June Reads

Ten books! I am pleased that I was able to meet my June goal this month, finishing my last two books on my last day (all of these are physical books read). I have gotten in the habit of reading two books at once, a fiction and a nonfiction usually, and that has proven to be a good method for me. Before I start, one of the nonfiction books I read this month I won't be discussing, just because it's on a topic that I don't feel like talking about here. 

I plan to write a post on this book soon, but I read Michelle Alexander's The New Jim Crow, which is about how the criminal justice system in the US unfairly treats black people and perpetuates a cycle of poverty and crime. It's very dense, so I found that reading 10-12 pages a day for a month was a really great way to absorb and digest the content. 

Two of the books I read this month were for separate book clubs I belong to, Isabel Allende's A Long Petal of the Sea and Emma Straub's All Adults Here. I enjoyed them both! Allende's was a sweeping look at two families that were influenced by the Spanish Civil War and then the regime changes in Chile. Like always, her books really focus on family, love, and identity. Straub's is also family-centric, but in a much different way. I have made the comment several times that it reminded me a little of The Gilmore Girls, which is a definite compliment. It's a quirky look at a family going through lots of changes in a small town, navigating their place in the world and their love for each other.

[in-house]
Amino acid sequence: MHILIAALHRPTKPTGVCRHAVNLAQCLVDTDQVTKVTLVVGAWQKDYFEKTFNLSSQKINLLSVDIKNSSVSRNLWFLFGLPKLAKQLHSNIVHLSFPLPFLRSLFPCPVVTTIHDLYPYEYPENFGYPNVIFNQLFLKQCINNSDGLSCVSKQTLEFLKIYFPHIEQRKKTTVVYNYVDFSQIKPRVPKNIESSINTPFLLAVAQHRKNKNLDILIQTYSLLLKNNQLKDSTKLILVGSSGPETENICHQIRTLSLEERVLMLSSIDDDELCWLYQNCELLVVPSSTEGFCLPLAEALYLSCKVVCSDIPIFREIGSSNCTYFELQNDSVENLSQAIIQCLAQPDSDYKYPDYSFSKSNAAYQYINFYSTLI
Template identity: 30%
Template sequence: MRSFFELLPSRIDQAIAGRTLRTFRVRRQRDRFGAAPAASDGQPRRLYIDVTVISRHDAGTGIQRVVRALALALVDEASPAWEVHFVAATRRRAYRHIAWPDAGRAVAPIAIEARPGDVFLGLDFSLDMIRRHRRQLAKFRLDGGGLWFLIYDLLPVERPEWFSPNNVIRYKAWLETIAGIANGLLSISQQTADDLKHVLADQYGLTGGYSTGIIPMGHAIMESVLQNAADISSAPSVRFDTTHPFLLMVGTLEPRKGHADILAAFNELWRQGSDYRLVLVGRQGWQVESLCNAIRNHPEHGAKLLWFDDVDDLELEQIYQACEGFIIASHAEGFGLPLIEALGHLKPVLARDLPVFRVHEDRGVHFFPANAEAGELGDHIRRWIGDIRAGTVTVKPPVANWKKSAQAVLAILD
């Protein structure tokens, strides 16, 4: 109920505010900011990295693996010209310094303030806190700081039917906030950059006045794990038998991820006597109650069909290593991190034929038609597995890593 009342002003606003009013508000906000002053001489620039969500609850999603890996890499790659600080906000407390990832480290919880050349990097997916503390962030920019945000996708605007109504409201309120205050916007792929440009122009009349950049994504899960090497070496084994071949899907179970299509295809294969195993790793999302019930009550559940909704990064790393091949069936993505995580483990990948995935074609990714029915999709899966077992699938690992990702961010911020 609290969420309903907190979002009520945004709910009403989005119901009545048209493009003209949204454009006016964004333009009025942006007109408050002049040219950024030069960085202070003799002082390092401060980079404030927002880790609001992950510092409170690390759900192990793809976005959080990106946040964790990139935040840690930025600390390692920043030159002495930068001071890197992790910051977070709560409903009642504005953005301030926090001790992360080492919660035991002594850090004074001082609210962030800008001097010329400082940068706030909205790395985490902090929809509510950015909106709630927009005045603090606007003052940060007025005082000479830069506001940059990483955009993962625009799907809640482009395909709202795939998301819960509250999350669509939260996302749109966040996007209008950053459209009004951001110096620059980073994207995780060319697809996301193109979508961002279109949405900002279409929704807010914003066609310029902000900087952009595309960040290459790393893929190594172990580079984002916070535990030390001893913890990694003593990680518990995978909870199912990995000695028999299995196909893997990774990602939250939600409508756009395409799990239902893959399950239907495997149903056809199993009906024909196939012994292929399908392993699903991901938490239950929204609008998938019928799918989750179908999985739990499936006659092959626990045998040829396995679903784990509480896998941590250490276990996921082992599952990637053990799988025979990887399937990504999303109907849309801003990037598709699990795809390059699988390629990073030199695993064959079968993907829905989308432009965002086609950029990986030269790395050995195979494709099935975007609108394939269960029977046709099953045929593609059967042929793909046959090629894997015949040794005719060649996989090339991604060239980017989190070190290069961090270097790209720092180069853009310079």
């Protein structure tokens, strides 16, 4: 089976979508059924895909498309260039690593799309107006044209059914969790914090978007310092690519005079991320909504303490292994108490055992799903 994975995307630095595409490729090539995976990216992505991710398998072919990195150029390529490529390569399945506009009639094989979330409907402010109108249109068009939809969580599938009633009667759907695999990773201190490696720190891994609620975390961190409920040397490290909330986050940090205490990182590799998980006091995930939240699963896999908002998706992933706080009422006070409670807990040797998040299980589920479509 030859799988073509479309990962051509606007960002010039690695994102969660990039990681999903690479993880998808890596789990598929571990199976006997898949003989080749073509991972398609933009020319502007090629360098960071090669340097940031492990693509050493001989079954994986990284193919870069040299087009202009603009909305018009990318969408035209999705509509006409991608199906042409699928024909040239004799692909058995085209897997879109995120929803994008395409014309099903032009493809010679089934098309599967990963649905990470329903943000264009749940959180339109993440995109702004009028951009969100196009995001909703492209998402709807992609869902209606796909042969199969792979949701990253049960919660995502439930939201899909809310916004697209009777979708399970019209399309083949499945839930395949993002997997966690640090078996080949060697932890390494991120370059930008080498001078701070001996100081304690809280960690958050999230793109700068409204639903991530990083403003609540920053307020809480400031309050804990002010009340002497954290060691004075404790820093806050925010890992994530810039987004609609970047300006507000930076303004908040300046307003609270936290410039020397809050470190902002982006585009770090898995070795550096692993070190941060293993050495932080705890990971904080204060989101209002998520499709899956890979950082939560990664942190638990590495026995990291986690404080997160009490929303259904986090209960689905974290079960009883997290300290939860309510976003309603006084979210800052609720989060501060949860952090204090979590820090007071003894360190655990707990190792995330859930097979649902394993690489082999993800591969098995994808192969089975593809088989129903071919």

I have to admit that I was a little hesitant to read Elizabeth Gilbert's City of Girls, since I really haven't loved the other two books I read of hers. This one was much more enjoyable! I don't think she's necessarily a super literary writer, but, still, the story line was interesting and the main characters a delight. 

On the flip side, Brit Bennett's The Vanishing Half  was stunning. She's a fantastic writer and her book explored race in such a unique way (two black twins are born in a black town that celebrates light skin; one twin identifies as black while the other passes as white). I learned a lot and just really appreciated Bennett's ability to craft a story.   

Pizza Girl by Jean Kyoung Frazier  and The Borrower by Rebecca Makkai were both quick, quirky, stories that I enjoyed. Pizza Girl  felt akin to reading an indie movie, the narrator a recent high school graduate that finds herself pregnant and employed as a pizza delivery girl. She befriends a mom she drops off a pizza to, while also figuring out what to do with the father of her baby. The Makkai book told the story of a librarian who ends up sort of kidnapping a young kid, but also vice versa. It's complicated and while it wasn't as good as her most recent novel, it was still super enjoyable.

Modern Love, a collection of essays about love, ended up being super charming and was sweet without being sappy. I ended up enjoying the non-romantic love stories more than those about marriage, but as a whole it was just a great read that made me hate people less.

Speaking of hate... don't get mad at me. I read Paolo Coelho's The Alchemist for the first time and I really, really did not like it. I appreciated the message and writing, but I just did not enjoy the actual story. I can see how it could be really meaningful for people, but it just wasn't my thing. It happens!

Bookish (and not so Bookish) Thoughts

1. I don't consider myself a glimmering ray of sunshine, but I am also no Debbie Downer, either. I feel like I'm realistic and I try to look for silver linings. That being said, I think that alongside covid19, an epidemic of epic complaining is underway (and yes I get the hypocrisy of complaining about complaining). Some people have the right to complain, for sure, but I know SO MANY people who are just complaining because they feel the circumstances of the world are giving them carte blanche to just do so.